Stocks, euro suffer as ECB disappoints markets
NEW YORK |
NEW YORK (Reuters) - Global stocks and the euro tumbled on Thursday after the European Central Bank disappointed investors who were hoping for immediate action to combat the euro zone debt crisis.
The ECB signaled plans to push down borrowing costs for euro zone countries through upcoming bond purchases, though the move is likely weeks away.
The central bank, which said it would wait to see if the euro zone economy slows further before cutting interest rates, pledged last week it would do what it takes to support the euro.
The U.S. Federal Reserve took a similar wait-and-see approach on Wednesday and did not announce any new stimulus measures to help revive a flagging U.S. recovery. Data on Friday is expected to show the U.S. economy added 100,000 jobs in July, not enough to lower an 8.2 percent jobless rate.
ECB President Mario Draghi "set us up like a poker room full of suckers," said Todd Schoenberger, managing principal at the BlackBay Group in New York. "We were all expecting a shock-and-awe moment."
The Dow Jones industrial average .DJI closed down 92.18 points, or 0.71 percent, at 12,878.88. The Standard & Poor's 500 Index .SPX fell 10.14 points, or 0.74 percent, to 1,365.00. The Nasdaq Composite Index .IXIC fell 10.44 points, or 0.36 percent, to 2,909.77.
The euro, which had rallied above $1.24, beat a quick retreat to $1.2132 for its biggest one-day move in a year. It last changed hands at $1.2178, down 0.4 percent.
Safe-haven U.S. Treasuries rose, with the benchmark 10-year note up 12/32 to yield 1.48 percent, while Spanish and Italian bond yields rose and European shares fell.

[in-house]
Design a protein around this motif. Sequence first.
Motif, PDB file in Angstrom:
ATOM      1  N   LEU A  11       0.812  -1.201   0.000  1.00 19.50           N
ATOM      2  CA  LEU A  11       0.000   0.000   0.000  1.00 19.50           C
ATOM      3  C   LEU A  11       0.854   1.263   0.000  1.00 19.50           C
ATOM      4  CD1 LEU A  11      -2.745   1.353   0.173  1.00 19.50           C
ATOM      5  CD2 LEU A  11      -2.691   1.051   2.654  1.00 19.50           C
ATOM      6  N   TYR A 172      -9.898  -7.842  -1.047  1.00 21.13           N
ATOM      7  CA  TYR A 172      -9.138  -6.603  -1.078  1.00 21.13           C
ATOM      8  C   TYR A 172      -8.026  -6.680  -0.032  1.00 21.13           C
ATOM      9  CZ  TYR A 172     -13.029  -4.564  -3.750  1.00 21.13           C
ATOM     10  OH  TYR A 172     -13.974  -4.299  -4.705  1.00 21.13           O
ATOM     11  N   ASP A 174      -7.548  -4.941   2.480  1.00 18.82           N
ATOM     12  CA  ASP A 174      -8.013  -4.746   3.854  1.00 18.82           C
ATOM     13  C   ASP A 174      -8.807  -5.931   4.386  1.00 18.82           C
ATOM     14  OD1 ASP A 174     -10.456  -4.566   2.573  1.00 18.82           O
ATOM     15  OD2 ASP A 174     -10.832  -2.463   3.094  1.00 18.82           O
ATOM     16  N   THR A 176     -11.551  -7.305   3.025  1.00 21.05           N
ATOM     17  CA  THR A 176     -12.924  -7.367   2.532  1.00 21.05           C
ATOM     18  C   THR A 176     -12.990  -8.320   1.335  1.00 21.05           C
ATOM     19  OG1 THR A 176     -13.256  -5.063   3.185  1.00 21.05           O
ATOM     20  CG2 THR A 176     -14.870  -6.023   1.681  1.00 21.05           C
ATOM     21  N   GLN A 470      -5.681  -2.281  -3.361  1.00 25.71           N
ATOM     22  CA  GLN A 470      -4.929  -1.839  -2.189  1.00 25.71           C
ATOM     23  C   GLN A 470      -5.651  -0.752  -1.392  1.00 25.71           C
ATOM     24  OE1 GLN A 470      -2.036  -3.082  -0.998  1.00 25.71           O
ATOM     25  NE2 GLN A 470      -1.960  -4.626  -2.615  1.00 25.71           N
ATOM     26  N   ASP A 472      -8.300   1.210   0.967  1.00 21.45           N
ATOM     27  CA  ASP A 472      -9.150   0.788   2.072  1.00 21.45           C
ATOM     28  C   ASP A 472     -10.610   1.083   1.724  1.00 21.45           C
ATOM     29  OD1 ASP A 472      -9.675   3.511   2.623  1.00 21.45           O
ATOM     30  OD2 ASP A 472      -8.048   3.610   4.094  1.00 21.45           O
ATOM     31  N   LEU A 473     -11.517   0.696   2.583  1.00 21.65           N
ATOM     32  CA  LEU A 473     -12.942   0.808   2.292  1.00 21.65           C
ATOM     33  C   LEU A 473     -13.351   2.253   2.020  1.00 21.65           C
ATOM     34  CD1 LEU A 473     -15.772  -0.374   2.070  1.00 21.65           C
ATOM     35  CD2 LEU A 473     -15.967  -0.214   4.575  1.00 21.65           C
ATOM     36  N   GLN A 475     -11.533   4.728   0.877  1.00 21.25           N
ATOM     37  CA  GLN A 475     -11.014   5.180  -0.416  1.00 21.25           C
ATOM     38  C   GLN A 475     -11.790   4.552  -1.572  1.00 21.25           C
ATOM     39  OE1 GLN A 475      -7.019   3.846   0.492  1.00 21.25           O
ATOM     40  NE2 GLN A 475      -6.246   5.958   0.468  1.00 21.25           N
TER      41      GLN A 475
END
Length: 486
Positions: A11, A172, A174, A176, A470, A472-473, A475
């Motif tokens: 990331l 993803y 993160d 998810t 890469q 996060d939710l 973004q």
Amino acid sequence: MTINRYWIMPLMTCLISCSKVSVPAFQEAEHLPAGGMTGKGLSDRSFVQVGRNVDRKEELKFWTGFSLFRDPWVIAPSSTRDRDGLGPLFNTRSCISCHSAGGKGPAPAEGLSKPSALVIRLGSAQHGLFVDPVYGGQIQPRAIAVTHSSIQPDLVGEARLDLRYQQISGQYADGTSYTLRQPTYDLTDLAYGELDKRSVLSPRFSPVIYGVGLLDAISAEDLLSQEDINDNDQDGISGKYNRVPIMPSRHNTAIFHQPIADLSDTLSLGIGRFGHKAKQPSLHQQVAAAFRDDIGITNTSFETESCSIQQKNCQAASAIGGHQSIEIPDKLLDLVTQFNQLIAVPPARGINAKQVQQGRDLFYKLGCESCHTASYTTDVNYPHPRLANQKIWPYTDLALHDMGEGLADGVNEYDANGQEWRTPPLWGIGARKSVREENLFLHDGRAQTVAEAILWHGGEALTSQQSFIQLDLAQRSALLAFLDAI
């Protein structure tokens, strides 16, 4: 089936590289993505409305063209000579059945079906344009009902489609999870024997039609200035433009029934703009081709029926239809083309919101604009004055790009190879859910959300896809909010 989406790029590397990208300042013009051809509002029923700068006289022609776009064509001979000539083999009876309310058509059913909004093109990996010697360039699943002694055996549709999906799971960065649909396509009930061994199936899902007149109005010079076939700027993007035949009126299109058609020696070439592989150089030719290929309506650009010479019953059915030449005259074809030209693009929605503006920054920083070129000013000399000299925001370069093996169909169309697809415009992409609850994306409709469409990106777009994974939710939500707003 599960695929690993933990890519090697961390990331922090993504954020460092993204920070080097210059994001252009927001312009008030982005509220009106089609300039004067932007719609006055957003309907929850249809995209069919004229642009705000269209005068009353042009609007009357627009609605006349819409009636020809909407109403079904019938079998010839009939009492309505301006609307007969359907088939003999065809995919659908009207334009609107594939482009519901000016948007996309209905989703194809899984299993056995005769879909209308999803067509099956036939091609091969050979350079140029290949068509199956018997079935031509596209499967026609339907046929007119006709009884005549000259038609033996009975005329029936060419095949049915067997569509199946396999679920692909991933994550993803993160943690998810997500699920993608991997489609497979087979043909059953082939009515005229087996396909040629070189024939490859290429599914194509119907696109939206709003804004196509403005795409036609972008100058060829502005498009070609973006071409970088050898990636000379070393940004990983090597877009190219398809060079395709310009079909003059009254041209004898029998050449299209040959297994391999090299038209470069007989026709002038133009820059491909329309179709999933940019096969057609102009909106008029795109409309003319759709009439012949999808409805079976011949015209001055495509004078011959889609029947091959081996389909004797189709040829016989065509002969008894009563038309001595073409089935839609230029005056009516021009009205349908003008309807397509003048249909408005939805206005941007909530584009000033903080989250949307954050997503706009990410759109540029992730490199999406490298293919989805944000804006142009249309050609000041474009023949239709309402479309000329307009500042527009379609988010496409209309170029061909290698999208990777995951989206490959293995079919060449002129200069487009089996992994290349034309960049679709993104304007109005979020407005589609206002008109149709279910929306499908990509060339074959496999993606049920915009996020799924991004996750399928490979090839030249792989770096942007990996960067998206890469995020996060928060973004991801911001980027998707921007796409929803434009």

The FTSEurofirst 300 index closed 1.2 percent lower .FTEU3 and the MSCI world stock index .MIWD00000PUS lost 1.0 percent.
Reuters reported on Monday that the ECB was considering re-activating its Securities Markets Programme to buy Spanish bonds in tandem with the euro zone's rescue funds, but that action could be at least five weeks away.
"Draghi put himself in such a difficult position," said Joshua Raymond, chief market strategist at City Index. "There has been a swift change in the rhetoric from 'we will' last week to 'we may' today.
Brent crude oil settled 6 cents lower at $105.90 a barrel, while U.S. crude fell in tandem with stocks and other growth-sensitive assets to settle down $1.78 at $87.13. Spot gold fell $10.25 to $1,588.30
LAYING THE GROUNDWORK
Since Draghi surprised markets last week with a promise to save the euro, European shares had rallied by as much as 5 percent, the euro has risen about a cent against the dollar and yields on Italian and Spanish debt had fallen sharply.
Some, though, said the ECB president made clear that policymakers are serious about helping indebted countries such as Spain and Italy and stopping the crisis from worsening.
"What he said was pretty significant. He seems to have laid the groundwork for substantial policy action," said Andrew Wilkinson, chief economic strategist at Miller, Tabak & Co. "It wouldn't surprise me if we get a risk rally in the days ahead."
Stephen Jen, managing partner at SLJ Macro Partners, said the market expected too much.
"The market demanded short-term fixes. I think this reflects how the markets have been conditioned by the Fed's repeated (stimulus) operations. Investors have now been reminded that there are no quick fixes for the problems in Europe."
The Fed has been much quicker than its euro zone counterpart to pump money into the financial system. It has already bought assets to the tune of $2.3 trillion and pledged to keep interest rates at zero until at least late 2014.
Though it stood pat this week, it said it was ready to act if necessary. Investors expect it could launch another round of bond purchases as soon as September.
The U.S. economy lost momentum in the second quarter as the pace of hiring slowed and consumer confidence weakened.
Data Thursday showed the number of Americans filing initial claims for unemployment benefits rose slightly in the latest week, though less than economists had expected.
(Additional reporting by Ryan Vlastelica and Wanfeng Zhou in New York and Atul Prakash and Ana Nicolaci da Costa in London; Editing by Dan Grebler)
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